Other Notation.

    Many mathematicians use a slightly different notation: they define \(A \subset B\) to mean that \(A\) is a proper subset of \(B\). Then, to say that \(A\) is a subset of \(B\), they write \(A \subseteq B\).

    Exercise \(3.2.22\).

    Fill each blank with \(\subset\) or \(\notsubset\), as appropriate.

    1. \(\{\mathrm{s}\}_{\underline{ }}\{\mathrm{h}, \mathrm{o}, \mathrm{r}, \mathrm{n}, \mathrm{s}\}\)
    2. \(\{\mathrm{o, r}\}_{\underline{ }}\{\mathrm{h}, \mathrm{o}, \mathrm{r}, \mathrm{n}, \mathrm{s}\}\)
    3. \(\{\mathrm{n, o, r}\}_{\underline{ }}\{\mathrm{h}, \mathrm{o}, \mathrm{r}, \mathrm{n}, \mathrm{s}\}\)
    4. \(\{\mathrm{p, r, o, n, g}\}_{\underline{ }}\{\mathrm{h}, \mathrm{o}, \mathrm{r}, \mathrm{n}, \mathrm{s}\}\)
    5. \(\{\mathrm{s, h, o, r, n}\}_{\underline{ }}\{\mathrm{h}, \mathrm{o}, \mathrm{r}, \mathrm{n}, \mathrm{s}\}\)
    6. \(\varnothing_{\underline{ }}\{\mathrm{h}, \mathrm{o}, \mathrm{r}, \mathrm{n}, \mathrm{s}\}\)
    7. \(\{\varnothing\}_{\underline{ }}\{\mathrm{h}, \mathrm{o}, \mathrm{r}, \mathrm{n}, \mathrm{s}\}\)
    8. \(\{\mathrm{h}, \mathrm{o}, \mathrm{r}, \mathrm{n}, \mathrm{s}\}_{\underline{ }}\varnothing\)

    It is intuitively clear that a subset of a set cannot have more elements than the original set. That is: \[\text { If } B \subset A, \text { then } \# B \leq \# A .\]
    We will prove this fact in Exercise \(9.1.15(2)\).

    In Example \(4.5.1\), we will prove that two sets are equal if and only if they are subsets of each other. This is a basic principle that will be very important in later chapters when we are doing proofs with sets: \[\text { To show two sets } A \text { and } B \text { are equal, prove } A \subset B \text { and } B \subset A \text {. }\]

    Exercise \(3.2.23\).

    Write a two-column proof to justify each assertion.

    1. \(X \subset Y \Rightarrow X \subset Z, X \subset Z \Rightarrow x \in Z, x \notin Z, \quad \therefore X \not \subset Y .\)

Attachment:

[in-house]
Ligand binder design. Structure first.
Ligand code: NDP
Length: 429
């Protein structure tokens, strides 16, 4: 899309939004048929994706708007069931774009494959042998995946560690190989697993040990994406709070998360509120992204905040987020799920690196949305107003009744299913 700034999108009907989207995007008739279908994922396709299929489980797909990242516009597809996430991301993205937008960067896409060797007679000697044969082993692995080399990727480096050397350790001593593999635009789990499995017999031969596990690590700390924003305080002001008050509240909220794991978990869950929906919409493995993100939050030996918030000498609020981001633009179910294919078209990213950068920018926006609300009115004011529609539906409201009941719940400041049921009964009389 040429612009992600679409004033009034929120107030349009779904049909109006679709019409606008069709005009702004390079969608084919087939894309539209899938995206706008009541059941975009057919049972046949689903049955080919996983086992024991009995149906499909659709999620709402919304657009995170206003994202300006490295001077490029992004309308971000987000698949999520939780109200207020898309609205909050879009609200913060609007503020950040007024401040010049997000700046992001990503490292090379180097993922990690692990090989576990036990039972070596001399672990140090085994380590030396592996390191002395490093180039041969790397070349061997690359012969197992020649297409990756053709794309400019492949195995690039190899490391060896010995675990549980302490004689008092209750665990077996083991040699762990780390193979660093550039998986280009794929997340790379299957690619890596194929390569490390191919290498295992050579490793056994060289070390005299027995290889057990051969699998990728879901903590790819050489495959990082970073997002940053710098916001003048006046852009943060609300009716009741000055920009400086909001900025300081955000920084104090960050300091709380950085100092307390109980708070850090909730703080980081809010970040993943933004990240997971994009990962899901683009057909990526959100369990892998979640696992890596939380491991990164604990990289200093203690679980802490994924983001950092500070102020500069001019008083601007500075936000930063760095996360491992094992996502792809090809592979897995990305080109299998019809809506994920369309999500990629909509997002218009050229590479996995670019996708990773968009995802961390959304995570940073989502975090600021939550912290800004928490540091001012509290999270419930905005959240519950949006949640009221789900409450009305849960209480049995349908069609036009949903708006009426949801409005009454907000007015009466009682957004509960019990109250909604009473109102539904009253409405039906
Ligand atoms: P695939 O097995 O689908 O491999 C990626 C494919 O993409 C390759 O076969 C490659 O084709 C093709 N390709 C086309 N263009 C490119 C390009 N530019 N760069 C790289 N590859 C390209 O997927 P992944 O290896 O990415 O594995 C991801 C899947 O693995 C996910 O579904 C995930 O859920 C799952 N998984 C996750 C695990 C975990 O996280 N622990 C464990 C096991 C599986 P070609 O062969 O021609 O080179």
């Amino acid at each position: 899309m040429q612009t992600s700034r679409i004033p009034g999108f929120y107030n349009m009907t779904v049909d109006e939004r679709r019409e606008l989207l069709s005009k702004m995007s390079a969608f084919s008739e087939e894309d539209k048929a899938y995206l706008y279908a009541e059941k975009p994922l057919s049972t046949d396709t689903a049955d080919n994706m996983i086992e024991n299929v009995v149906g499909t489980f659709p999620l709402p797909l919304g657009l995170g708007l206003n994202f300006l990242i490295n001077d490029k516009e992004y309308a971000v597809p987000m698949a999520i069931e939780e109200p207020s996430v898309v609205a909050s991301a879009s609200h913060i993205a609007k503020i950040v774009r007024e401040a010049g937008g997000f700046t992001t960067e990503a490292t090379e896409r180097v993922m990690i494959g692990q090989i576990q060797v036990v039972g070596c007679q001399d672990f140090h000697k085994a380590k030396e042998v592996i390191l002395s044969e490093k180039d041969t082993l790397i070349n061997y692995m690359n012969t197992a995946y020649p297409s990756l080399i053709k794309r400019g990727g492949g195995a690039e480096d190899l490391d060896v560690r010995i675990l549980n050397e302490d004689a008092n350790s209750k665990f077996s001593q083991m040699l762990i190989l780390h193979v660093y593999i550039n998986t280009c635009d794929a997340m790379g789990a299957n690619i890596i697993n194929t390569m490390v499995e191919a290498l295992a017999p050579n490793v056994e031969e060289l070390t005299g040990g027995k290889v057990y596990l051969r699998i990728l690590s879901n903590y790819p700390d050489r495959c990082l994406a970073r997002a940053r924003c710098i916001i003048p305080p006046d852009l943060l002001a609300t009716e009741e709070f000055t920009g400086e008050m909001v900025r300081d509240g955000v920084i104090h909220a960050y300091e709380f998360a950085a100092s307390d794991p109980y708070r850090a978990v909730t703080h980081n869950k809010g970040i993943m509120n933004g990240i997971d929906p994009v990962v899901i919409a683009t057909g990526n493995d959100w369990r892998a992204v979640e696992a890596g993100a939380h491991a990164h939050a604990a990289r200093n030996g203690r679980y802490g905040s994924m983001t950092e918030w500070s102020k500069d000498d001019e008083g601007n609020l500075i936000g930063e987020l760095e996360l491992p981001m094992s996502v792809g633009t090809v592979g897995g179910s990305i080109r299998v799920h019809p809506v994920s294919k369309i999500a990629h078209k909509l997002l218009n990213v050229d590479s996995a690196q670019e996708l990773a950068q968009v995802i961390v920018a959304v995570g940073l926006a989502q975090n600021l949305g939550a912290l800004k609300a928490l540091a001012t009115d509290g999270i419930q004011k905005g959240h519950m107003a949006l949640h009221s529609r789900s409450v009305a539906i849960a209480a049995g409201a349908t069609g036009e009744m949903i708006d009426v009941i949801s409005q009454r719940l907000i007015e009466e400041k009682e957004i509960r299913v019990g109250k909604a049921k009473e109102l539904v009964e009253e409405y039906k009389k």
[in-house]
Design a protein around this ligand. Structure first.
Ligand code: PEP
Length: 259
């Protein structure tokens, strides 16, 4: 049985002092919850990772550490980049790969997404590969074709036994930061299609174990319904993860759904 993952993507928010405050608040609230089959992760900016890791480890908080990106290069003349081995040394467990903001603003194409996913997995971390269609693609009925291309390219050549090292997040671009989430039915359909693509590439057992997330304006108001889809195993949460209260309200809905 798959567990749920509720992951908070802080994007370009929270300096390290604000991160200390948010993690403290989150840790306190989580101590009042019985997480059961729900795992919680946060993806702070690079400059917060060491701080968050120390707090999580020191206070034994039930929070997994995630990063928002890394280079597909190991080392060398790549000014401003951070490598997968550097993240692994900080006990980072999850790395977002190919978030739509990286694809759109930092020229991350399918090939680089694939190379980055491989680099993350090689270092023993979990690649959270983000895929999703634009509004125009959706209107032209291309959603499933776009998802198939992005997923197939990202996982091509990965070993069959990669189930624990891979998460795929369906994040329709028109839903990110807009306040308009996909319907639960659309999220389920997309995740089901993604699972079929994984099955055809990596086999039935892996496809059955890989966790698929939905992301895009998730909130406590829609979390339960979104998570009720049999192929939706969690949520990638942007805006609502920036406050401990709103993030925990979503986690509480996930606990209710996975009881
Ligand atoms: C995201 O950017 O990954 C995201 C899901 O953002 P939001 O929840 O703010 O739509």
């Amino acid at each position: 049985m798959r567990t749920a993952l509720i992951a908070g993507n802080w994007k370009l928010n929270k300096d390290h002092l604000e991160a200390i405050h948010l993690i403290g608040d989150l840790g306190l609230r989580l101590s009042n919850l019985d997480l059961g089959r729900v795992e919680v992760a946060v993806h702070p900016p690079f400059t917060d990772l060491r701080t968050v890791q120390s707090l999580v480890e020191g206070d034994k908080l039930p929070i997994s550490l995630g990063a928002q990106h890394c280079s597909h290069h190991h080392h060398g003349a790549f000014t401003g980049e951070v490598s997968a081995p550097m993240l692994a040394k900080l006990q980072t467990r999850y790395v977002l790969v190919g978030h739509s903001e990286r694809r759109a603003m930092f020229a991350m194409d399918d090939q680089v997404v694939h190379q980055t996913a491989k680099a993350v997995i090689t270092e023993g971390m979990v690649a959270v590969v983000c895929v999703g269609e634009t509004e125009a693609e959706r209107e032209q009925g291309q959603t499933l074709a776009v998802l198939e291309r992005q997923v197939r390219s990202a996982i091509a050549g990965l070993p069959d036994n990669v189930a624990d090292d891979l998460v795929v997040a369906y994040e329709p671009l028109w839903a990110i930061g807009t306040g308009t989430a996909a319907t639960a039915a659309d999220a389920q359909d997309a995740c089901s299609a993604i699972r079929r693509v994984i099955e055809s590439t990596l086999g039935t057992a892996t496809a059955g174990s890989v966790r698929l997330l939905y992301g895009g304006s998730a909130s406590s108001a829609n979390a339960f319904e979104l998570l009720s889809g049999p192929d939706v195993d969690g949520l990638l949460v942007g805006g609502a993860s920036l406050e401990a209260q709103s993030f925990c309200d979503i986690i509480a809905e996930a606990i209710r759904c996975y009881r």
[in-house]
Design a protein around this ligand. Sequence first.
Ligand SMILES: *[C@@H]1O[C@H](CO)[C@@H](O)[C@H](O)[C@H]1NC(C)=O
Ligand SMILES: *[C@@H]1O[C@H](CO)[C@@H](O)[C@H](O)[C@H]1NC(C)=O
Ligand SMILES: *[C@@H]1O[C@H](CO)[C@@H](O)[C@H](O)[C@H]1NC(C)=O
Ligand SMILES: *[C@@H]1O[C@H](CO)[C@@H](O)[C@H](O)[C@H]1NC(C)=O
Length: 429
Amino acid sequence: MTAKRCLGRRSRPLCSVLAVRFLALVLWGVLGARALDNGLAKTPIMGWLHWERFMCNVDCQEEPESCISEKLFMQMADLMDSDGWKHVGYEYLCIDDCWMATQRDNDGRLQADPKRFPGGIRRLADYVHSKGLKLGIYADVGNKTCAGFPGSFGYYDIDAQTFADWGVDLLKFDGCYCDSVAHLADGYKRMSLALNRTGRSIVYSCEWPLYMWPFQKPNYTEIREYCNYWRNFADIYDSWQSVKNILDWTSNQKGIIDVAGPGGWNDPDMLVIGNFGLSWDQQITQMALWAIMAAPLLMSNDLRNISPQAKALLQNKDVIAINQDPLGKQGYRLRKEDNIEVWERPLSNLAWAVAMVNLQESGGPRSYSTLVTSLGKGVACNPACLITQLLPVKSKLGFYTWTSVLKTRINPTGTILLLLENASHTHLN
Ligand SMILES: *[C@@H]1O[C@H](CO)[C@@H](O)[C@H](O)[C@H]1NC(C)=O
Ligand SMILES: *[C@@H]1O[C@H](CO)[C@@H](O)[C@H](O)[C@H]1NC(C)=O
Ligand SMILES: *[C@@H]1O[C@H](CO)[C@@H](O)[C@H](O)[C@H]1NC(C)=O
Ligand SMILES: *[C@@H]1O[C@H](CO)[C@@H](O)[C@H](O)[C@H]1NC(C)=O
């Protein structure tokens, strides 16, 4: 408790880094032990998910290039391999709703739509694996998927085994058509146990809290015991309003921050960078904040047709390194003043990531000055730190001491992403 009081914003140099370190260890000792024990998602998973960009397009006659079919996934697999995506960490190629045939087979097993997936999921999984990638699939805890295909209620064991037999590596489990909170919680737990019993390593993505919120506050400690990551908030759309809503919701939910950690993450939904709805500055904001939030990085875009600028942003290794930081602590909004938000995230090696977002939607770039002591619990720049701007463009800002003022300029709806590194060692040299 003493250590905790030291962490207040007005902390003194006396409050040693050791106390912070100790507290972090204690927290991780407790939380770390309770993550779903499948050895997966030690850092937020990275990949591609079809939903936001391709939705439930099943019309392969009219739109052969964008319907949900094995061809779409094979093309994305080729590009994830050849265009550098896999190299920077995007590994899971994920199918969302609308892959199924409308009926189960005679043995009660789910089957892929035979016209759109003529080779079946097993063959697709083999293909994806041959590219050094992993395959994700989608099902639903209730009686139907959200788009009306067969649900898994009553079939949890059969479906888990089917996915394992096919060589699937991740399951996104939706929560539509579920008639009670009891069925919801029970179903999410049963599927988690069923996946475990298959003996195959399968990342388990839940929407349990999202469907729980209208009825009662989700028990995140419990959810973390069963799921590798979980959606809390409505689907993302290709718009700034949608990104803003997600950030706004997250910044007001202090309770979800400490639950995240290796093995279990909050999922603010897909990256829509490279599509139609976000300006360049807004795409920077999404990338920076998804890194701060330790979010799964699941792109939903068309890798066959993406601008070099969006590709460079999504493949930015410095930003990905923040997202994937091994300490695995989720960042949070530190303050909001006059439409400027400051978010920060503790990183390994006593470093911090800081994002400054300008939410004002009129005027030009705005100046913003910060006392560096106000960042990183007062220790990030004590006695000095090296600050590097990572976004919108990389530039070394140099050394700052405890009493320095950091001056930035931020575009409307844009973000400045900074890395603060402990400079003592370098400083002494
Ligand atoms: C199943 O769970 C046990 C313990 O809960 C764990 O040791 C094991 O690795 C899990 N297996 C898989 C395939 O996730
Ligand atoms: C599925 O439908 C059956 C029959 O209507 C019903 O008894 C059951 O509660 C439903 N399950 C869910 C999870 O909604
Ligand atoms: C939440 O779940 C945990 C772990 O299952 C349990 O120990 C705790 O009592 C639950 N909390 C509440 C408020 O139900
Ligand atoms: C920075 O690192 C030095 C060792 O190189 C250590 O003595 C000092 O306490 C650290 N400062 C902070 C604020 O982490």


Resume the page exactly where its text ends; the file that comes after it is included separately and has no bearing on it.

2. \((x \in Y) \Rightarrow(X \subset Y),(x \in Y) \vee(Y \subset X), \quad \therefore(X \subset Y) \vee(Y \subset X) .\)

    3.2D. Predicates.

    The simplest predicates are things you can say about a single object; they are properties of individuals. For example, “\(x\) is a dog” and “\(x\) is a Harry Potter fan” are both predicates. In First-Order Logic, we symbolize predicates with capital letters \(A\) through \(Z\) (with or without subscripts). Thus, our symbolization key might include:

    \(D(x)\): \(x\) is a dog.
    \(H(x)\): \(x\) is a Harry Potter fan.

    Predicates like these are called one-place or unary, because there is only one variable. Assigning a value to this variable yields an assertion. For example, letting \(x\) = “Lassie” in the first predicate yields the assertion “Lassie is a dog.” Note that in translating English assertions, the variable will not always come at the beginning of the assertion: “the Louvre owns at least one watercolour painted by \(x\)” is also a predicate.

    Other predicates are about the relation between two things. For instance, in algebra, we have the relations “\(x\) is equal to \(y\),” symbolized as \(x = y\), and “\(x\) is greater than \(y\),” symbolized as \(x > y\). These are two-place or binary predicates, because values need to be assigned to two variables in order to make an assertion. Our symbolization key might include:

    \(x\) \(F\) \(y\): \(x\) is a friend of \(y\).
    \(x\) \(L\) \(y\): \(x\) is to the left of \(y\).
    \(x\) \(M\) \(y\): \(x\) owes money to \(y\).

    In general, we can have predicates with as many variables as we need. Predicates with \(n\) variables, for some number \(n\), are called \(n\)-place or \(n\)-ary. However, in practice, predicates almost always have only one or two variables.

    A symbolization key may also include constants (that is, the names of specific objects). For example, we might have a symbolization key that looks like this:

    \(H(x)\): \(x\) to is happy.
    \(S(x)\): \(x\) to is singing.
    \(x\) \(T\) \(y\): \(x\) is to teaching \(y\).
    \(g\): Greg
    \(m\): Mary
    \(v\): Vikki

    This allows us to symbolize assertions that use any combination of these predicates and terms. For example:

    assertion symbolization
    Greg is happy. \(H(g)\)
    If Mary is singing, then Vikki is happy. \(S(m) \Rightarrow H(v)\)
    Greg and Mary are singing. \(S(g) \& S(m)\)
    If either Greg or Mary is singing, then Vikki is not happy. \((S(g) \vee S(m)) \Rightarrow \neg H(v)\)
    Mary is teaching Greg. \(m \mathrel{T} g\)
    Mary is not teaching Vikki. \(\neg( m \mathrel{T} v)\)
    Vikki is teaching either Mary or Greg. \((v \mathrel{T} m) \vee (v \mathrel{T} g)\)
    If Mary is teaching Greg, then Mary and Vikki are happy. \((m \mathrel{T} g) \Rightarrow \bigl( H(m) \& H(v) \bigr)\)
    Either Vikki is not singing, or she is not teaching Mary. \(\bigl( \neg S(v) \bigr) \vee \neg (v \mathrel{T} m)\)
    If Mary is singing, then Greg is not teaching Vikki. \(S(m) \Rightarrow \neg (g \mathrel{T} v )\)